A recently published patent from Apple hints that future MacBook models could swap the Touch Bar for Apple Pencil support. If the company were to go ahead with the plans shown in the patent, it would be quite a shake-up for future MacBooks, given Apple’s prominent use of the Touch Bar over the past few years.
The patent, filed with the US Patent & Trademark Office and spotted by Patently Apple (opens in new tab), pertains to a potential MacBook design that features a slot for the Apple Pencil where the Touch Bar would otherwise be. While inserted in this retainer slot, the Apple Pencil can act as a mouse or display function keys thanks to the retainer’s built-in lighting system.
In the patent images, we can also see a demonstration of the Apple Pencil situated on the sides and bottom of the MacBook, perhaps attached to it magnetically. This doesn’t tell us much, admittedly, but we can glean that the Apple Pencil will be removable and likely retain its usual feature set, such as being used as a stylus.
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Analysis: what is Apple thinking?
It’s important to note that these Apple Pencil plans for a future MacBook design here are only in the patent stage for now. Therefore, there’s no guarantee that Apple will see the design to fruition. However, the real question is what can the Apple Pencil achieve that the more traditional Touch Bar can’t?
Let's say Apple sees the design through, and you’ve got yourself a MacBook with an Apple Pencil and expanded functionality via the electronic retainer slot. One big aspect would be versatility, as the patent shows that the Apple Pencil can offer function keys as well as allowing you to adjust options like volume and brightness, or even use the accessory as a scroll wheel.
One other nice thing that could be easily overlooked? You’re likely getting a free Apple Pencil with your MacBook. That’s great because the device also acts like a stylus, meaning it can be used to interact with touch screens such as on your iPhone or iPad. Budding artists can also use the Apple Pencil as a means to start drawing more complex pictures, no longer having to use their fingers to get the job done.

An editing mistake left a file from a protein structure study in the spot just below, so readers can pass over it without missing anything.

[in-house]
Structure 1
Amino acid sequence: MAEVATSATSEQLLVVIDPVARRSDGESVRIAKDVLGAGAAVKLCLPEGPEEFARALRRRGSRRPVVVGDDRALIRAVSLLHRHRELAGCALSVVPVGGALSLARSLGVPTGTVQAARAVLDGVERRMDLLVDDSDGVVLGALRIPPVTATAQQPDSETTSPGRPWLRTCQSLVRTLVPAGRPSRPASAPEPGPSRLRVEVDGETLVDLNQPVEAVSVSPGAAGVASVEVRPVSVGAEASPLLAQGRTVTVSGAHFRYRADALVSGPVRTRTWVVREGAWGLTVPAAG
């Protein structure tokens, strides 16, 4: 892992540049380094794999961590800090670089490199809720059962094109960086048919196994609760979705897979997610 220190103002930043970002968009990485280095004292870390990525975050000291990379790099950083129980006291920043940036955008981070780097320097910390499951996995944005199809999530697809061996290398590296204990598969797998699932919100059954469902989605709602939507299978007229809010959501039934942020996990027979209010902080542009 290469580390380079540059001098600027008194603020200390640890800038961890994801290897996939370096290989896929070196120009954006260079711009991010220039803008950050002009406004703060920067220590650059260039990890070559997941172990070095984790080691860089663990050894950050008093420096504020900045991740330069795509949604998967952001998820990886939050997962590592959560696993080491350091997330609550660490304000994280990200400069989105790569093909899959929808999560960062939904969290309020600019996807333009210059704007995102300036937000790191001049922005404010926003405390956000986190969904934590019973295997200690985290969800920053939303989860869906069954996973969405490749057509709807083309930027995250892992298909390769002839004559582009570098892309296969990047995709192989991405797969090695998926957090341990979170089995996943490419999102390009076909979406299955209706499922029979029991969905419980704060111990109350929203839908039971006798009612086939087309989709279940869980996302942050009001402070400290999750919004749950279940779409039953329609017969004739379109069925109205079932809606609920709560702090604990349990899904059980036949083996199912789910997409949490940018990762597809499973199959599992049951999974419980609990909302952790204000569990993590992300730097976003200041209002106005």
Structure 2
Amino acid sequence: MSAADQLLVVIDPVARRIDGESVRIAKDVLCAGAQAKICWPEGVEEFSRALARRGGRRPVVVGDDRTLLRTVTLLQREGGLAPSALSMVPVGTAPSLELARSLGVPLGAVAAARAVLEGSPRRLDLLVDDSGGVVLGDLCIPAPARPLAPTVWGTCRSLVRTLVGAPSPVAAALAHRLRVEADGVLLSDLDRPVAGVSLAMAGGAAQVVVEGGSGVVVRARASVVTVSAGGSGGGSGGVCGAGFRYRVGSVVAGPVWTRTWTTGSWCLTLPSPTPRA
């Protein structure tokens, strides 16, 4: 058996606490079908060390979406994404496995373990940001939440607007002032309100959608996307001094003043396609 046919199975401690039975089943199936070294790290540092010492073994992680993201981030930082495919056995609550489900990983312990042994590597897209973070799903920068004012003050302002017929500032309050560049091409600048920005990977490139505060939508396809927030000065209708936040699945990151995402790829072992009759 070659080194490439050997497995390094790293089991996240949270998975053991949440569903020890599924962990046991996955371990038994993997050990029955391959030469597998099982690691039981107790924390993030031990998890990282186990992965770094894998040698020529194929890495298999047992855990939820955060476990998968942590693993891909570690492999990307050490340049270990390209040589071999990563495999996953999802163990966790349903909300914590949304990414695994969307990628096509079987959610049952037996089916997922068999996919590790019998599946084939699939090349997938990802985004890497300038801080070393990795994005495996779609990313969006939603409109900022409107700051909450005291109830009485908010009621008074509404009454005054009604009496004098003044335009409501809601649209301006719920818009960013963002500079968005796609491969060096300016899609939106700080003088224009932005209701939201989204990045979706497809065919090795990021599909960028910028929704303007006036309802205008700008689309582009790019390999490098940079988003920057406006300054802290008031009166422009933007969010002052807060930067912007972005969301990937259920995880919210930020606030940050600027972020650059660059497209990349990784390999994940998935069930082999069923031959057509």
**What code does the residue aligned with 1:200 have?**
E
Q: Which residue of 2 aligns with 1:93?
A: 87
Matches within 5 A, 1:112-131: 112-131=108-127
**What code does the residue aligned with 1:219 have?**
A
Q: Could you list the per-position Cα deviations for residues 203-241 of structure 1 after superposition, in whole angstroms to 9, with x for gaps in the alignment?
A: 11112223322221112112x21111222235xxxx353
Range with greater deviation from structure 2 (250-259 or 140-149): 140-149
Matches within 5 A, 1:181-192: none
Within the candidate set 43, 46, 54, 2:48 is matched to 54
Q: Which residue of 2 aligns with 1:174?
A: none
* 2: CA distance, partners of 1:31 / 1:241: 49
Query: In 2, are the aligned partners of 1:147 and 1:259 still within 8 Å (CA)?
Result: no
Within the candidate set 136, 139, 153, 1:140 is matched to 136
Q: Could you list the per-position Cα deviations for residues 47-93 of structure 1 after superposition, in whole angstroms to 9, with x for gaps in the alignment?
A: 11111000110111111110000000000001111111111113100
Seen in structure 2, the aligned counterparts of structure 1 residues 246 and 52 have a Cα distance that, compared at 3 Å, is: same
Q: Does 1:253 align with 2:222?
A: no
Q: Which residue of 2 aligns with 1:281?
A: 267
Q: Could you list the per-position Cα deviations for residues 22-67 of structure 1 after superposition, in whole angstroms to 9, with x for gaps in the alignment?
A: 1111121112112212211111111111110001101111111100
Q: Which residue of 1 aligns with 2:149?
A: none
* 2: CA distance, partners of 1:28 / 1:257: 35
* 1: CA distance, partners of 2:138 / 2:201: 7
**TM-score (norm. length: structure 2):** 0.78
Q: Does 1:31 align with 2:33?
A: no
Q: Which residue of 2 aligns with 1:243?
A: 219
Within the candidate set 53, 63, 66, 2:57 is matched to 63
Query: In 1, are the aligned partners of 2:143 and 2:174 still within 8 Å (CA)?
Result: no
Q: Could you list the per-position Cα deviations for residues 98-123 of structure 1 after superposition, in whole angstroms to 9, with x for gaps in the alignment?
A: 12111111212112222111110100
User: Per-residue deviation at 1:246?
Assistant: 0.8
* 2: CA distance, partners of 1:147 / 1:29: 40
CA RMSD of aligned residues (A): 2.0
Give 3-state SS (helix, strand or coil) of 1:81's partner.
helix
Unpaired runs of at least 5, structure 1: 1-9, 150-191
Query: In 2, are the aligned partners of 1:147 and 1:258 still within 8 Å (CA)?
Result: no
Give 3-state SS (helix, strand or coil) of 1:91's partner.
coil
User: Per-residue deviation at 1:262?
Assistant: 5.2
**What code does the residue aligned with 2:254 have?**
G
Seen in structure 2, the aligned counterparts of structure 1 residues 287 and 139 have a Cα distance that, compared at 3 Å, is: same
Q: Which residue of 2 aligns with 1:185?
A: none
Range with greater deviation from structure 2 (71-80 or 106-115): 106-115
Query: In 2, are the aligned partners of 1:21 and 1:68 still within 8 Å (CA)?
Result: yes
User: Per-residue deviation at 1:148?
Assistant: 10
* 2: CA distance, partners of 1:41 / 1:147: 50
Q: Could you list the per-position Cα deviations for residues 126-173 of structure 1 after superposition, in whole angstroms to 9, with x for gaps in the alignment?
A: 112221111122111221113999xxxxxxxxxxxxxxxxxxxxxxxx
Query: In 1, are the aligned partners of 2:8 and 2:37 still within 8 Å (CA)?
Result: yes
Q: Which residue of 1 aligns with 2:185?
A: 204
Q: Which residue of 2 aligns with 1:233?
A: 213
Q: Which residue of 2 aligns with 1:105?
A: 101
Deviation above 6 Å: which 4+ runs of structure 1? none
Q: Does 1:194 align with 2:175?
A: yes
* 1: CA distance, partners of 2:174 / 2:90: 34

We won’t be so quick to discount the usefulness of the Touch Bar, though. This nifty MacBook addition offers tailored options based on the software you’re using, such as offering editing controls in Final Cut Pro, or even touching up images in Photoshop. We’re not entirely sure the lack of visual feedback on an Apple Pencil alternative could offer such robust features.
We also have to wonder how the inclusion of an Apple Pencil would factor into the cost of the prospective future MacBook shown in the patent. The second-generation Apple Pencil retails at $119 / £119 / AU$189, which we imagine would be rolled into the cost of the MacBook. The interactive lighting technology in the device’s retainer slot could also push the price of the MacBook up.
Regardless, we’re certainly interested to see what Apple ultimately does with the patent. Once again, we must stress that a patent’s details aren’t a guarantee for a future model. But it is nice to see Apple at least considering other options for potential MacBook buyers.